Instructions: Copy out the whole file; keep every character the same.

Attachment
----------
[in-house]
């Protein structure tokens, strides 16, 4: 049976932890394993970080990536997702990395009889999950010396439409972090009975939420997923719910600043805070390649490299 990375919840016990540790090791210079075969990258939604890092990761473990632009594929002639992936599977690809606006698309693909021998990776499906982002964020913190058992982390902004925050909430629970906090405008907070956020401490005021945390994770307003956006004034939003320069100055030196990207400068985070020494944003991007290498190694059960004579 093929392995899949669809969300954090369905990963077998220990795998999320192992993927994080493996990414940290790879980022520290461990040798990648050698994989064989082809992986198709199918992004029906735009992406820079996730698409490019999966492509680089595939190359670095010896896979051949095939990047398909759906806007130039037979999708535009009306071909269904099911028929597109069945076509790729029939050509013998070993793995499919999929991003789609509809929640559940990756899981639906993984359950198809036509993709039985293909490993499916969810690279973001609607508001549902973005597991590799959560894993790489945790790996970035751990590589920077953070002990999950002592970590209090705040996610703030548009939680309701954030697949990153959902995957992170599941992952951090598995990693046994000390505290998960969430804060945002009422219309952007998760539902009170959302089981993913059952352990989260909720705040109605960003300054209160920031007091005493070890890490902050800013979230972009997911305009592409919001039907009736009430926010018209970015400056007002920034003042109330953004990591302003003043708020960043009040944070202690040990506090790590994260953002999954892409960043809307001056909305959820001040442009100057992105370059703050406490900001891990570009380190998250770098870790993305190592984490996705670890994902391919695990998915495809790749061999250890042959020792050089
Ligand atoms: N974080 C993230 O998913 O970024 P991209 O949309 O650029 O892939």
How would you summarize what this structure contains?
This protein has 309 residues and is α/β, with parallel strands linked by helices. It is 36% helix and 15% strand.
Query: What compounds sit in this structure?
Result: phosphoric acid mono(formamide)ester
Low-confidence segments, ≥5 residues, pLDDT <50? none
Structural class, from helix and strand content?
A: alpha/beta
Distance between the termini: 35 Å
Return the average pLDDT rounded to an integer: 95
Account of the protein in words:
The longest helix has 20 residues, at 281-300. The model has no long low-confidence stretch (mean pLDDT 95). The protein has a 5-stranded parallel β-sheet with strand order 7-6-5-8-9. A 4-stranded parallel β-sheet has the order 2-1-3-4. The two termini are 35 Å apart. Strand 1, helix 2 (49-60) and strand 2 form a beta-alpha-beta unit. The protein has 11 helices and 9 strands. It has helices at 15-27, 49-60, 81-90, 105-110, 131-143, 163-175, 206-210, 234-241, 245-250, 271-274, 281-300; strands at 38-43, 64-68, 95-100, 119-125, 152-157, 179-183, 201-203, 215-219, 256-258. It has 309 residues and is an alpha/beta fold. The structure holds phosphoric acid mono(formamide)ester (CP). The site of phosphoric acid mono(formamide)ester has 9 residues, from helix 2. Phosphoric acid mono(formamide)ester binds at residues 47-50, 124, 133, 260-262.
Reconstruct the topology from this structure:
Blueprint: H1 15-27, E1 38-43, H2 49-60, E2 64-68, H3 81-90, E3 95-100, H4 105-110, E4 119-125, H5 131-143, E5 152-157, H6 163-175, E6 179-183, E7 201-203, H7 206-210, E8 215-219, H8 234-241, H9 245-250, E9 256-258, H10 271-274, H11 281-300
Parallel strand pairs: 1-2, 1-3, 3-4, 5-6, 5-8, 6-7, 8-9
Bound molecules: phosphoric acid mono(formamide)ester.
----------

[in-house]
């Protein structure tokens, strides 16, 4: 049976932890394993970080990536997702990395009889999950010396439409972090009975939420997923719910600043805070390649490299 990375919840016990540790090791210079075969990258939604890092990761473990632009594929002639992936599977690809606006698309693909021998990776499906982002964020913190058992982390902004925050909430629970906090405008907070956020401490005021945390994770307003956006004034939003320069100055030196990207400068985070020494944003991007290498190694059960004579 093929392995899949669809969300954090369905990963077998220990795998999320192992993927994080493996990414940290790879980022520290461990040798990648050698994989064989082809992986198709199918992004029906735009992406820079996730698409490019999966492509680089595939190359670095010896896979051949095939990047398909759906806007130039037979999708535009009306071909269904099911028929597109069945076509790729029939050509013998070993793995499919999929991003789609509809929640559940990756899981639906993984359950198809036509993709039985293909490993499916969810690279973001609607508001549902973005597991590799959560894993790489945790790996970035751990590589920077953070002990999950002592970590209090705040996610703030548009939680309701954030697949990153959902995957992170599941992952951090598995990693046994000390505290998960969430804060945002009422219309952007998760539902009170959302089981993913059952352990989260909720705040109605960003300054209160920031007091005493070890890490902050800013979230972009997911305009592409919001039907009736009430926010018209970015400056007002920034003042109330953004990591302003003043708020960043009040944070202690040990506090790590994260953002999954892409960043809307001056909305959820001040442009100057992105370059703050406490900001891990570009380190998250770098870790993305190592984490996705670890994902391919695990998915495809790749061999250890042959020792050089
Ligand atoms: N974080 C993230 O998913 O970024 P991209 O949309 O650029 O892939």
How would you summarize what this structure contains?
This protein has 309 residues and is α/β, with parallel strands linked by helices. It is 36% helix and 15% strand.
Query: What compounds sit in this structure?
Result: phosphoric acid mono(formamide)ester
Low-confidence segments, ≥5 residues, pLDDT <50? none
Structural class, from helix and strand content?
A: alpha/beta
Distance between the termini: 35 Å
Return the average pLDDT rounded to an integer: 95
Account of the protein in words:
The longest helix has 20 residues, at 281-300. The model has no long low-confidence stretch (mean pLDDT 95). The protein has a 5-stranded parallel β-sheet with strand order 7-6-5-8-9. A 4-stranded parallel β-sheet has the order 2-1-3-4. The two termini are 35 Å apart. Strand 1, helix 2 (49-60) and strand 2 form a beta-alpha-beta unit. The protein has 11 helices and 9 strands. It has helices at 15-27, 49-60, 81-90, 105-110, 131-143, 163-175, 206-210, 234-241, 245-250, 271-274, 281-300; strands at 38-43, 64-68, 95-100, 119-125, 152-157, 179-183, 201-203, 215-219, 256-258. It has 309 residues and is an alpha/beta fold. The structure holds phosphoric acid mono(formamide)ester (CP). The site of phosphoric acid mono(formamide)ester has 9 residues, from helix 2. Phosphoric acid mono(formamide)ester binds at residues 47-50, 124, 133, 260-262.
Reconstruct the topology from this structure:
Blueprint: H1 15-27, E1 38-43, H2 49-60, E2 64-68, H3 81-90, E3 95-100, H4 105-110, E4 119-125, H5 131-143, E5 152-157, H6 163-175, E6 179-183, E7 201-203, H7 206-210, E8 215-219, H8 234-241, H9 245-250, E9 256-258, H10 271-274, H11 281-300
Parallel strand pairs: 1-2, 1-3, 3-4, 5-6, 5-8, 6-7, 8-9
Bound molecules: phosphoric acid mono(formamide)ester.